Global Politics and the Products We Buy
Politics of Globalization students display their research in Zubrow Commons.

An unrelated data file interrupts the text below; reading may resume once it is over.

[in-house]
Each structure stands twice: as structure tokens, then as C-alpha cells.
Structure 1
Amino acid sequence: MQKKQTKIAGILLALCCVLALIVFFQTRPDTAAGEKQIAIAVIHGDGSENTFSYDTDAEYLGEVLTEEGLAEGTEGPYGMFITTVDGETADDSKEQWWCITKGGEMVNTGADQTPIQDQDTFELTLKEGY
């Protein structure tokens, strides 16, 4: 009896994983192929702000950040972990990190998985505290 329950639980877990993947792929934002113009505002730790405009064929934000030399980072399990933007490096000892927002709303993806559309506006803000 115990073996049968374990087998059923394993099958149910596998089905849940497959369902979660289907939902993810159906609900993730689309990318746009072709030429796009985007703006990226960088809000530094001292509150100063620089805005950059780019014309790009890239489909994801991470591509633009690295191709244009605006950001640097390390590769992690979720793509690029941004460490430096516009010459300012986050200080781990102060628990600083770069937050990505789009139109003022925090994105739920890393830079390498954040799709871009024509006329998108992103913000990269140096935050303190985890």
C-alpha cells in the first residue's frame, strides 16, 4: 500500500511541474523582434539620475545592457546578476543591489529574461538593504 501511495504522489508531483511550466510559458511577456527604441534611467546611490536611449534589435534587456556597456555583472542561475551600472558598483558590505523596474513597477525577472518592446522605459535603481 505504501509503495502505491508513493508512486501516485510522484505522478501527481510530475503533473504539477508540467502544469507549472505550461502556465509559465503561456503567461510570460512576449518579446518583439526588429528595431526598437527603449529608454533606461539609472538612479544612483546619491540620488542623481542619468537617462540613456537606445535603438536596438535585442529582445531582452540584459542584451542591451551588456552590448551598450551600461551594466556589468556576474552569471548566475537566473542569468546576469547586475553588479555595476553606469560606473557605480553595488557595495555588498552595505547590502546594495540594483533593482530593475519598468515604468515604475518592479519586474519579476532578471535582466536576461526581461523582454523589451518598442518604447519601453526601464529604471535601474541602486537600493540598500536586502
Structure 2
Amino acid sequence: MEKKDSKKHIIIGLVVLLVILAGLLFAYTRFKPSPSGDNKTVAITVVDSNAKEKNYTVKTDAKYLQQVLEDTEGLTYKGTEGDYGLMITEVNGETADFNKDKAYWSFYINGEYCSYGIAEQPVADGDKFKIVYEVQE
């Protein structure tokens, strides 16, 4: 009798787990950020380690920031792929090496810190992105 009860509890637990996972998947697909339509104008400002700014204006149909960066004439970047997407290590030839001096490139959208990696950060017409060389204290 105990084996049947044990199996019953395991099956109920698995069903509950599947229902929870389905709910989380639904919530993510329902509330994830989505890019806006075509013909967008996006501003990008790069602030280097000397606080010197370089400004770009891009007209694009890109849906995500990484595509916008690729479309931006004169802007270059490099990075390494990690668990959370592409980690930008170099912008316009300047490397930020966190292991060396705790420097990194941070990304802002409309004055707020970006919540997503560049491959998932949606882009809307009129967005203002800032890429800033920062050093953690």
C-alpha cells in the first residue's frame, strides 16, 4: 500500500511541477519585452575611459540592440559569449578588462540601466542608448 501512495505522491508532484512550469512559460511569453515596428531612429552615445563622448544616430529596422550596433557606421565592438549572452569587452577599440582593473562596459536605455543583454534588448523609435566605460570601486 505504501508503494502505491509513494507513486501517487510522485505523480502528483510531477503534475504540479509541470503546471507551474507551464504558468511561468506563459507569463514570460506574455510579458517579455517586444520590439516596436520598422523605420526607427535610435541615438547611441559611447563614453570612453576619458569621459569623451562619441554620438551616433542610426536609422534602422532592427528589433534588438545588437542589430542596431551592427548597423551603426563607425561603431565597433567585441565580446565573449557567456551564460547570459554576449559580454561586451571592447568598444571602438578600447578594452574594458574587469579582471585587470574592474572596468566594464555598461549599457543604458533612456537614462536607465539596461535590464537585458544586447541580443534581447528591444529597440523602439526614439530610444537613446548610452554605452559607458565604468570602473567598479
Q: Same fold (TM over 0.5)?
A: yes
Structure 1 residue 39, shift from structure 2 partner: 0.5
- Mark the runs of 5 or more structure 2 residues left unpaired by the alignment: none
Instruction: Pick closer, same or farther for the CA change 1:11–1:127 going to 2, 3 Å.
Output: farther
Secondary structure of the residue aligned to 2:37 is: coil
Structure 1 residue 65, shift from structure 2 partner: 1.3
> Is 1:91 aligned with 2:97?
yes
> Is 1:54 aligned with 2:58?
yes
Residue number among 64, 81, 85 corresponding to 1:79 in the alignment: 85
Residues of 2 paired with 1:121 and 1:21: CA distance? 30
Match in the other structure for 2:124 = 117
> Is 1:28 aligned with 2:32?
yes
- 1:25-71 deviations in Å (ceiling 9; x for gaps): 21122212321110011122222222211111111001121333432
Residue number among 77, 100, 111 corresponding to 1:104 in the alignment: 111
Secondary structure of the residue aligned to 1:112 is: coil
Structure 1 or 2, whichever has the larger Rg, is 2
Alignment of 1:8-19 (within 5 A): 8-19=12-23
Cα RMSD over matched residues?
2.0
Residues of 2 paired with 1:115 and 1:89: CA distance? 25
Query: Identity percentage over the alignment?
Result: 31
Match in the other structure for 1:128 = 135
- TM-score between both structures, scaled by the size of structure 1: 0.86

Students in Assistant Professor of Political Science Craig Borowiak’s Politics of Globalization class created colorful and information-packed posters on how the global economy is reflected in some familiar products we use and consume. They teamed up for this end-of-semester project last April to trace the history, production process, and global supply chain for such products as Dannon yogurt, Converse sneakers, and Jansport brand T-shirts. The teams contacted the manufacturers to seek information about their operations and then did additional research (including searching for any lawsuits filed) to verify the information and more closely examine the social and environmental impact of the companies’ practices. They then displayed their research in Zubrow Commons as part of a lively public information session. Kate Monahan, Sofia Athanassiadis and Sam Fox, all ’14, looked into the Poland Spring brand of bottled water (produced by a subsidiary of Nestle) and found that the water really is bottled in Maine as advertised. But the group also learned that the PET plastic the Poland Spring bottles are made from comes from Asia where its manufacture impacted the environment and affected health. “Bottled water also requires a lot of shipping, and that means a lot of energy wasted,” said Monahan. A number of students said they were surprised by their research, which turned up some relatively solid corporate citizens. Ananya Mukkavilli ’14, for example, was stunned at how quickly representatives of Intel responded to her queries. “They are really big on transparency,” she said. Karina Siu ’14, looked at lingerie company Victoria’s Secret with Marnie Klein ’12 and Lynne Ammar ’14. The group reported that the company has dealt with problems it encountered in 2007 with a subcontractor in Jordan who was abusing workers. Today, the trio learned, more than half the bras sold by Victoria’s Secret parent company, Limited Brands, are made by an Indian manufacturer known for its socially responsible practices, which includes paying medical and education benefits to its almost entirely female workforce. Florida’s Natural brand orange juice got a glowing report from Claire Perry, Molly Kaufman and Zach Reisch, all ’14. Among the positives: The juice is made from oranges grown entirely in Florida by a cooperative of growers, it is packaged close to where the fruit is grown, and the company has been ahead of the curve in reducing its water use. “I feel like an ad campaign for them,” joked Perry. “We did not expect them to be this great, but we concluded it really is a good domestic product.”